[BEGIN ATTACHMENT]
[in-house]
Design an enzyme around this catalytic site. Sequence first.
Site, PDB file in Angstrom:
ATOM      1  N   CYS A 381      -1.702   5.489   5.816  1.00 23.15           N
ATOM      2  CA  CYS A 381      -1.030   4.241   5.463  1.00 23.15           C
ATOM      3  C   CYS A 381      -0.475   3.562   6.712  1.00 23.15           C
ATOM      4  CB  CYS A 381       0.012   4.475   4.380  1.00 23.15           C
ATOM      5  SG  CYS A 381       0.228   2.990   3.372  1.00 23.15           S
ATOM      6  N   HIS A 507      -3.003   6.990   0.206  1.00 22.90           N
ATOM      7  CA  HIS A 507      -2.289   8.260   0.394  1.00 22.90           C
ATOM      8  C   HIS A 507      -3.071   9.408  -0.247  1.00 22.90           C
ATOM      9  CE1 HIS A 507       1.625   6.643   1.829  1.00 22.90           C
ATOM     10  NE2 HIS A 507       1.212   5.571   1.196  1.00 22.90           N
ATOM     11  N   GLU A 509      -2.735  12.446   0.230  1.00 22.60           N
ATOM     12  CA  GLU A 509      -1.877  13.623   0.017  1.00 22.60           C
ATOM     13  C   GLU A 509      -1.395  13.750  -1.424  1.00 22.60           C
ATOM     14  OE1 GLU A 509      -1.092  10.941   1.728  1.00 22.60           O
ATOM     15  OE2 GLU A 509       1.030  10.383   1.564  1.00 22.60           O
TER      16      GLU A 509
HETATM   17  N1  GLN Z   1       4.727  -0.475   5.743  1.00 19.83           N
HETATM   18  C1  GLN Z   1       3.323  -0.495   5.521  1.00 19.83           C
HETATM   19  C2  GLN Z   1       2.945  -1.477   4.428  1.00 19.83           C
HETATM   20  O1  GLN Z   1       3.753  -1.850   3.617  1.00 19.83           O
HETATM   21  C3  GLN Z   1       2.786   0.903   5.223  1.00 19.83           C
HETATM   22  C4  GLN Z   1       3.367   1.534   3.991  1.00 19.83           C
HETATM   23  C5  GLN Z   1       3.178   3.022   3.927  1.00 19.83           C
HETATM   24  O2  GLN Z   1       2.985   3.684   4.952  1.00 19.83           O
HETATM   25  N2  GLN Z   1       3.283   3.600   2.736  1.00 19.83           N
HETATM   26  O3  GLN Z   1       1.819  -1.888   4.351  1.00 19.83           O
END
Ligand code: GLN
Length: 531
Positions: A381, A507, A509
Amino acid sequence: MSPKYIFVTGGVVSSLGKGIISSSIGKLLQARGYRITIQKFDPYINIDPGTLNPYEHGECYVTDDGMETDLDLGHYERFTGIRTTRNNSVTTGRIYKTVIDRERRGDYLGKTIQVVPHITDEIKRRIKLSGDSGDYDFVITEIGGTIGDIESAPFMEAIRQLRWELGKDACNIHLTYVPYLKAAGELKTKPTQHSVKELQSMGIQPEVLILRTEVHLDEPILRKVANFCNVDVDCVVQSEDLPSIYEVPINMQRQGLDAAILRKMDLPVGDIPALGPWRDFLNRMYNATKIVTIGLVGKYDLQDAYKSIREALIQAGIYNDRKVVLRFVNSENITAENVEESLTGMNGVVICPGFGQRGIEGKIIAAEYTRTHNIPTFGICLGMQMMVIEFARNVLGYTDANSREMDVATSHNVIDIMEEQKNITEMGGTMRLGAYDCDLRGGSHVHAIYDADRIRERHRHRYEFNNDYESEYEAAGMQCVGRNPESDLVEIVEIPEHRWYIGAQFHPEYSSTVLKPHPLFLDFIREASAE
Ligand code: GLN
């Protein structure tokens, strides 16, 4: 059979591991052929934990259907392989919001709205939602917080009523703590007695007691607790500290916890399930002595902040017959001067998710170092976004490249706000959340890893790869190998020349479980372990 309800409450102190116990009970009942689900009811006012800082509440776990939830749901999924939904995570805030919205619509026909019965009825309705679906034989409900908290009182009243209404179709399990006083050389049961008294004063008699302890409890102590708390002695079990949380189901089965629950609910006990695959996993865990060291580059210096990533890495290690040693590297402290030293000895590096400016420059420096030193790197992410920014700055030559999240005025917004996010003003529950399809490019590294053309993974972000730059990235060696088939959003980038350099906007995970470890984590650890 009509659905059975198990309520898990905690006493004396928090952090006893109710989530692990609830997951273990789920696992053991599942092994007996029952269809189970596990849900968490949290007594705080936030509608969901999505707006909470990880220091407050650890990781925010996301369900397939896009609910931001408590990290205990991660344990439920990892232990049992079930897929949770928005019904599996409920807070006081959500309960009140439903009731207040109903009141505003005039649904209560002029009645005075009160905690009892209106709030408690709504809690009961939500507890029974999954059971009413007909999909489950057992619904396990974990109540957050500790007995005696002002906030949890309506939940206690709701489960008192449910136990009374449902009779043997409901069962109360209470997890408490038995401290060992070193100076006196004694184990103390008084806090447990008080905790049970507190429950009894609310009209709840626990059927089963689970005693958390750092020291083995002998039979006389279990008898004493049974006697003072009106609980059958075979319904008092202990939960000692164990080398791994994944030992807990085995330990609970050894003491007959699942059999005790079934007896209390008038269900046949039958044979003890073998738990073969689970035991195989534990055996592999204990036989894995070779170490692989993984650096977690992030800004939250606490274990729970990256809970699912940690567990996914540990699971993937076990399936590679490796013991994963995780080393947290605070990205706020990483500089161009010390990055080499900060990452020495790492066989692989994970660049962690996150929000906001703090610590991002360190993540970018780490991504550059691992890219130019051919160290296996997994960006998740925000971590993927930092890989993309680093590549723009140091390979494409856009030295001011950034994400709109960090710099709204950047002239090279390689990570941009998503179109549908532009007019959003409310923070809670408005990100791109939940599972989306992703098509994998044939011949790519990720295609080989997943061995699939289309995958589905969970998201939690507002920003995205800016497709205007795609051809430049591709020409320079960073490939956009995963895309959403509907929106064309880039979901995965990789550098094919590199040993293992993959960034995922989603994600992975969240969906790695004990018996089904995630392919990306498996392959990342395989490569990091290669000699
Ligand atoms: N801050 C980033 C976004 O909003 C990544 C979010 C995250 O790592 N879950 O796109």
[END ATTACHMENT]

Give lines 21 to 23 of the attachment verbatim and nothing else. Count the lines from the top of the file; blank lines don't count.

HETATM   18  C1  GLN Z   1       3.323  -0.495   5.521  1.00 19.83           C
HETATM   19  C2  GLN Z   1       2.945  -1.477   4.428  1.00 19.83           C
HETATM   20  O1  GLN Z   1       3.753  -1.850   3.617  1.00 19.83           O